5 Great Martial Arts Movies To Stream After Shang-Chi And The Legend Of The Ten Rings

Marvel Studios' "Shang-Chi and the Legend of the Ten Rings" is the first martial arts film in the Marvel Cinematic Universe. If you're new to that genre of film, welcome! We're here to lay a few more stepping stones to guide you along your path of discovery. If you're a veteran, you've probably already seen these films — but hey, is there ever a bad time to rewatch a Jackie Chan classic? (That was rhetorical, but the answer is no.)


Where to stream: Netflix

In a genre often dominated by men, let's kick things off (pun intended) with a female-led entry. Veronica Ngo absolutely rules in "Furie," in which she plays a mother whose daughter is kidnapped, forcing her to fight her way through a bunch of guys in order to get her child back. Think of it as sort of a Vietnamese version of "Taken," but with an ass-kicking mom at the center of the story — and as much as I enjoyed "Taken" in its day, the fact that Veronica Ngo is the focal point gives this film a much greater sense of pathos and desperation in the moments between the plentiful fight sequences.

Police Story 2

Where to stream: The Criterion Channel

The only reason I'm suggesting this sequel instead of the first movie in this franchise is because "Police Story 2" opens with a highlight reel of the best action scenes from the first film, which feels like a nice bonus. While the plotting in the first movie feels a bit more organic than it does here, this second movie is top-notch when it comes to the fight sequences, ending with a spectacular climax at an abandoned warehouse where all manner of magnificent action set-pieces take place. This film is relentless in the best way.

The Grandmaster

Where to stream: Netflix (until September 26, 2021)

Wong Kar-Wai's beautiful, decades-spanning story centers on Ip Man, the real-life figure best known as the Chinese martial arts guru who would eventually train superstar Bruce Lee. (Bonus recommendation: Donnie Yen plays Ip Man in a separate series of martial arts movies, all of which are currently streaming on Netflix.) "The Grandmaster" combines Wong's celebrated ability to convey longing on screen with several excellent action sequences. Two stand-outs: the gorgeous opening scene which features Ip Man fighting in slow motion in the rain, and a sexually charged face-off between Ip Man and a woman named Gong Er (Zhang Ziyi) that serves as the centerpiece of the film.

Tony Leung, who plays Wenwu in "Shang-Chi," stars as Ip Man here, so if you were as enamored by his performance in "Shang-Chi" as everyone else seems to be, this would be a good follow-up.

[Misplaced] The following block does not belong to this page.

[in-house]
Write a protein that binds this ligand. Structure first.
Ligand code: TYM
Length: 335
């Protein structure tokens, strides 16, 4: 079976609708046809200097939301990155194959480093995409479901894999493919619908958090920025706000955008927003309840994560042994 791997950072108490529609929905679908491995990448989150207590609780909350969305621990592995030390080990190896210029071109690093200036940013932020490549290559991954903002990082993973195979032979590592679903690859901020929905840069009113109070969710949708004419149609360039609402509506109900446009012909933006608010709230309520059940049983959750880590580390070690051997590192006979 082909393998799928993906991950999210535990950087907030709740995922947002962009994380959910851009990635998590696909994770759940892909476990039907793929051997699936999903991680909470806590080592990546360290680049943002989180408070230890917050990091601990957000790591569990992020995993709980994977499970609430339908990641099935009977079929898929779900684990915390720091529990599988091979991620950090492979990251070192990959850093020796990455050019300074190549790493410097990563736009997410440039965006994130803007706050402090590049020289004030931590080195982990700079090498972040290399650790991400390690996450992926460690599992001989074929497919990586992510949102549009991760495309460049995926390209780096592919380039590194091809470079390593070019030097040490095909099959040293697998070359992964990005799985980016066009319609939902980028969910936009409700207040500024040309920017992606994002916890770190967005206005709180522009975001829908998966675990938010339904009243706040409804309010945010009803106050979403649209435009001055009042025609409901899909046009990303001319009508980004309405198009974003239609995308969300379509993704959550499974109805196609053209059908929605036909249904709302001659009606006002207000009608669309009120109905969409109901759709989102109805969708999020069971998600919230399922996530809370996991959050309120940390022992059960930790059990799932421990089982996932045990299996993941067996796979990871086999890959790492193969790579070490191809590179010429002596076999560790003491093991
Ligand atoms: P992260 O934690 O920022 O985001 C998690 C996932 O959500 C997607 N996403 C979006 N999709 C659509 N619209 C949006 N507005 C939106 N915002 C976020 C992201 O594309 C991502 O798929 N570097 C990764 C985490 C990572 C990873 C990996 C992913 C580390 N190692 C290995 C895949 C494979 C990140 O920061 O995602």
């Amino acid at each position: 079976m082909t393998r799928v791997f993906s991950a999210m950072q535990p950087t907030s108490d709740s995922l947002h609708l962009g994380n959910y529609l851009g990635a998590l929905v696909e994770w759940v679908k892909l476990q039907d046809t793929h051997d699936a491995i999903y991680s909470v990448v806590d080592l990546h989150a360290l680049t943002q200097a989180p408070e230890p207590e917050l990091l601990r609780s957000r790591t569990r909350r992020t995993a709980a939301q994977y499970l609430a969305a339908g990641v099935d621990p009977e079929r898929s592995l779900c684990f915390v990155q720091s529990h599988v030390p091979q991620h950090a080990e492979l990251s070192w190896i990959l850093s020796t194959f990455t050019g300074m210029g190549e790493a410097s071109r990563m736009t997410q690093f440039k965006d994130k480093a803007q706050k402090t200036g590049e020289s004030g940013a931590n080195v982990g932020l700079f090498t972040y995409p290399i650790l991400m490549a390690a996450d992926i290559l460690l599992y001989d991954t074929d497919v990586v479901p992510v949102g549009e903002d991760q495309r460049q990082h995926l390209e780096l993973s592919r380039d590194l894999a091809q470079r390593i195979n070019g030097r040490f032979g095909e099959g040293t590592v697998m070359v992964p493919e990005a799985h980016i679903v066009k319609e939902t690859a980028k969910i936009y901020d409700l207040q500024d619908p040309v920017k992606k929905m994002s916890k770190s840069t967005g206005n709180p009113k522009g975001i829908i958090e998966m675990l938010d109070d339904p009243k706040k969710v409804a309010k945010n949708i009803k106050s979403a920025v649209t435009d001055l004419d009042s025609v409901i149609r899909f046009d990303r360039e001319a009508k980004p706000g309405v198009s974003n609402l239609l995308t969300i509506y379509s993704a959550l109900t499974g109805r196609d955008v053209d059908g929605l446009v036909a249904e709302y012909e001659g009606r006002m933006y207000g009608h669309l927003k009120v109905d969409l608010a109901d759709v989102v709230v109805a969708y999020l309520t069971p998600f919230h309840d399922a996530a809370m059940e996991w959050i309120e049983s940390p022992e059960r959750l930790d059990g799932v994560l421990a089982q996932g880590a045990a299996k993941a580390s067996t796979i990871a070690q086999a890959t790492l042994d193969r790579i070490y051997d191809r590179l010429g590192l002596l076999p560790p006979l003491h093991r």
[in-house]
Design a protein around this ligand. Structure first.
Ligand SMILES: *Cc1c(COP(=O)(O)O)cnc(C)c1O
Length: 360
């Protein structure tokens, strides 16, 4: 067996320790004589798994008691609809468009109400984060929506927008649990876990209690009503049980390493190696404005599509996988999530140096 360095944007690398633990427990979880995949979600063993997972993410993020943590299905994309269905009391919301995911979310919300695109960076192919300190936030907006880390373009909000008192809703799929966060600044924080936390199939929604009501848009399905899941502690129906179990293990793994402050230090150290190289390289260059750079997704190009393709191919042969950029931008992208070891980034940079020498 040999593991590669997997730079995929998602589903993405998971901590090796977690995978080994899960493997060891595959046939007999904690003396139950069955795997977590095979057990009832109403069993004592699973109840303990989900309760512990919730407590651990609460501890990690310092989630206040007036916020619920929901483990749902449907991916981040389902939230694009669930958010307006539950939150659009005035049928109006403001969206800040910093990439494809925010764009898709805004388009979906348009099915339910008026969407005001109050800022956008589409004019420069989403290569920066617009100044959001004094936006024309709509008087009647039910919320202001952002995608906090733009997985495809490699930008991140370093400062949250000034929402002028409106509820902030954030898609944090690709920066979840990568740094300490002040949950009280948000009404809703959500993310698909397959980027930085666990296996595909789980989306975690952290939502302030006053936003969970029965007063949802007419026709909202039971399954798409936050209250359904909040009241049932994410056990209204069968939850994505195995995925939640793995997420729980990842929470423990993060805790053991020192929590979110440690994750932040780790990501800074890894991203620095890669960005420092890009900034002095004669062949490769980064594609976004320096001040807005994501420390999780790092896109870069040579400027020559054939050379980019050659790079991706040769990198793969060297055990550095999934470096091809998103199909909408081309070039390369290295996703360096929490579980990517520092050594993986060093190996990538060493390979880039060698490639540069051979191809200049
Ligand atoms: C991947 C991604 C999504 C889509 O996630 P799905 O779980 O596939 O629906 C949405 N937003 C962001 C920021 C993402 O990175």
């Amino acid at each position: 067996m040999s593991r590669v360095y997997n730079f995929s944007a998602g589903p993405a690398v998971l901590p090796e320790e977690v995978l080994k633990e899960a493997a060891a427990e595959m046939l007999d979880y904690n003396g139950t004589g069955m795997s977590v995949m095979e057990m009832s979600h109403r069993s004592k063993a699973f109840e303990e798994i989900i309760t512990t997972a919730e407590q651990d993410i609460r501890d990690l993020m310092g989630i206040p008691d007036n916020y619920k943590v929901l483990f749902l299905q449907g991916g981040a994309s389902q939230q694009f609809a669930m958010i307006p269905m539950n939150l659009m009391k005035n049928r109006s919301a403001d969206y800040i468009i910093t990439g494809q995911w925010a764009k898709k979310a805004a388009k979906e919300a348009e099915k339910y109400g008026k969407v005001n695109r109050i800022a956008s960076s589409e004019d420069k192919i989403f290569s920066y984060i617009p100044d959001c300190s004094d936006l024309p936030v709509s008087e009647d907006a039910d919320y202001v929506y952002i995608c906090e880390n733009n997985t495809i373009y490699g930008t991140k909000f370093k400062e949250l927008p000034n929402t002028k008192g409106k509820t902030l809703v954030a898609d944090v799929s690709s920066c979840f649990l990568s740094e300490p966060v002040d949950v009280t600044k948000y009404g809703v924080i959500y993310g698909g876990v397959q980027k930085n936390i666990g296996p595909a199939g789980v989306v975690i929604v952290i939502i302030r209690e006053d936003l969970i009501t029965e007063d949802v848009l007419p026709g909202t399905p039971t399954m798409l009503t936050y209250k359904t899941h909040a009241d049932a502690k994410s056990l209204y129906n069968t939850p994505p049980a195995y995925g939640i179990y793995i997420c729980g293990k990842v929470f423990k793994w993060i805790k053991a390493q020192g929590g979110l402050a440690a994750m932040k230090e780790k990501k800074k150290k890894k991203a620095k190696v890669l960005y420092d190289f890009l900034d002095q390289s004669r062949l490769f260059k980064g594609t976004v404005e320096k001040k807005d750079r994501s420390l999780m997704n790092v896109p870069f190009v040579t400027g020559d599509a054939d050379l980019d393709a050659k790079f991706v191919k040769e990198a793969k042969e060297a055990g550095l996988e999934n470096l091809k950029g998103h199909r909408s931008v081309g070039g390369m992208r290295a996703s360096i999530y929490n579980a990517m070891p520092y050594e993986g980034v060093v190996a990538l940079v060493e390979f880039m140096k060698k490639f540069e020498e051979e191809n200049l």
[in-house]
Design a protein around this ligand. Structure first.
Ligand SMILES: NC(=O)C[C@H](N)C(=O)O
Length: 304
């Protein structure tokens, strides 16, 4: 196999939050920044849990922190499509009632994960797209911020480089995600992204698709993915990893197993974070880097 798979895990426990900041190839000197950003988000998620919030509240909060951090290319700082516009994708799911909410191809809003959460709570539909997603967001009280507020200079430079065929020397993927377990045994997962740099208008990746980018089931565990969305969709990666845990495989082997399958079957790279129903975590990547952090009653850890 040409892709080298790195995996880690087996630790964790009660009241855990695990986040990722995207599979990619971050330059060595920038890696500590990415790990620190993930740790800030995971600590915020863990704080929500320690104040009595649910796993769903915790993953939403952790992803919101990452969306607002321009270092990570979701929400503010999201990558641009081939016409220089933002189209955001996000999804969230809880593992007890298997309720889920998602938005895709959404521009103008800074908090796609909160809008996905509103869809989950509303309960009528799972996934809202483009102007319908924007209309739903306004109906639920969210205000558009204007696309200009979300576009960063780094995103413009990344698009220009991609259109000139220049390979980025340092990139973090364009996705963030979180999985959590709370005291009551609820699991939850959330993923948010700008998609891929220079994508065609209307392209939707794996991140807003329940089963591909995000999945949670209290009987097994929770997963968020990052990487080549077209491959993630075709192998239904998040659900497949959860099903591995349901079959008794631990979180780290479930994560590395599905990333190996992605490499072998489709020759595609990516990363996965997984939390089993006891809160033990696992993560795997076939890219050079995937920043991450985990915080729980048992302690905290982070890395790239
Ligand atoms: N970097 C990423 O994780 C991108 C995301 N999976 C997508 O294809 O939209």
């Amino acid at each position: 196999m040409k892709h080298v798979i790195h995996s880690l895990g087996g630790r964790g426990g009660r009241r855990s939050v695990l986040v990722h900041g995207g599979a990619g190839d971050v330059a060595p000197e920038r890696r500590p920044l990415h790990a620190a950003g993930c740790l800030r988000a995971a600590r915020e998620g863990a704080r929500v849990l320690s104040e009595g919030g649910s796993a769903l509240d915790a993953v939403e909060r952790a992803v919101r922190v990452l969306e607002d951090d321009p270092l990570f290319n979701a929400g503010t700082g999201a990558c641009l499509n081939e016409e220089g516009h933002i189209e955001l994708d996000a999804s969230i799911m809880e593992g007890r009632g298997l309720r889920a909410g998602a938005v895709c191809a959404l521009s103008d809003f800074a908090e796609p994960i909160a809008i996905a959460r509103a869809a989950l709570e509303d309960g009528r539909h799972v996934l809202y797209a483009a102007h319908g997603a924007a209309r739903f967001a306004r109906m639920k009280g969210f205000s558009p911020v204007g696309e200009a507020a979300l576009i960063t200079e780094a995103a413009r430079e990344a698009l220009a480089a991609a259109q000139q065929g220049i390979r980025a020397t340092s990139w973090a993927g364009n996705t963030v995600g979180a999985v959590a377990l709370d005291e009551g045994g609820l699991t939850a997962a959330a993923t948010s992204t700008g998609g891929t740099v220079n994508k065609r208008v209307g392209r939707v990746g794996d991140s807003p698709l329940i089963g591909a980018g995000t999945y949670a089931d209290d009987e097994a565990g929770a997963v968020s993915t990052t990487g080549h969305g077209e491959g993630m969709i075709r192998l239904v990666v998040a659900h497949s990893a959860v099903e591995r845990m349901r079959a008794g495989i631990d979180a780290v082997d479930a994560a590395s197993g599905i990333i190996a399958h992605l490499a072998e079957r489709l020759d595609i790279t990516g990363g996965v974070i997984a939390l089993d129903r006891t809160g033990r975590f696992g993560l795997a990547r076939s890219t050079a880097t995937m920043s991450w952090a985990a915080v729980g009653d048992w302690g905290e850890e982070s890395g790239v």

Ong-Bak: Muay Thai Warrior

Where to stream: Tubi

For several years in the early 2000s, Tony Jaa was the heir apparent to Jackie Chan. The waters have muddied a little since then (I'd argue "The Raid" star Iko Uwais is another current contender, and a few others have popped up in the past few years), but in Jaa's heyday, there was no one on screen doing the stuff he did. His mastery of the muay thai fighting style lends itself to beautiful cinematic moments — you've gotta love it when he dishes out flying elbows directly to the top of the skull, which happens constantly in this movie.

Kung Fu Hustle

Where to stream: The Roku Channel, Pluto TV

The most fantastical and outrageous movie on this list (by a long shot), "Kung Fu Hustle" is the type of movie where a guy shoots swords out of a harp, another guy steps on people's toes so hard that he flattens them like he's Bugs Bunny, and yet another turns into a bizarre frog-man — and that's not even the half of it. It's also a film that helped inspire "Shang-Chi," because as producer Jonathan Schwartz told me earlier this week:

"I think my favorite creative decision is probably the change from Wenwu's finger rings to the kung fu, hung gar-inflected iron rings around his wrists. It came from a day when we were in the writers' room – me and Destin [Daniel Cretton] and Dave Callaham – and we kind of hit a wall when it came to the writing and needed a refresher, and we put on a kung fu movie called "The 36th Chamber of Shaolin," which starts with a big kung fu training montage that includes the iron rings. Destin pointed at the iron rings and said, "We should just do that!" and he was totally right. It's the coolest thing. It took me all the way back to watching "Kung Fu Hustle," where those rings are very prominent and very cool."

(I know this list is only supposed to include five movies, but do yourselves a favor and add "The 36th Chamber of Shaolin" to this list as another bonus recommendation — it is most definitely one of the best kung fu movies out there.)

These selections provide a good sample of several different styles of martial arts films. If you find that you're drawn to one particular style over another, each of these movies can serve as a branch that can lead you toward more of that style. This is a varied genre with tons of major players and a rich and vibrant history, and I hope "Shang-Chi and the Legend of the Ten Rings" helps shine a light on this amazing collection of jaw-dropping cinema.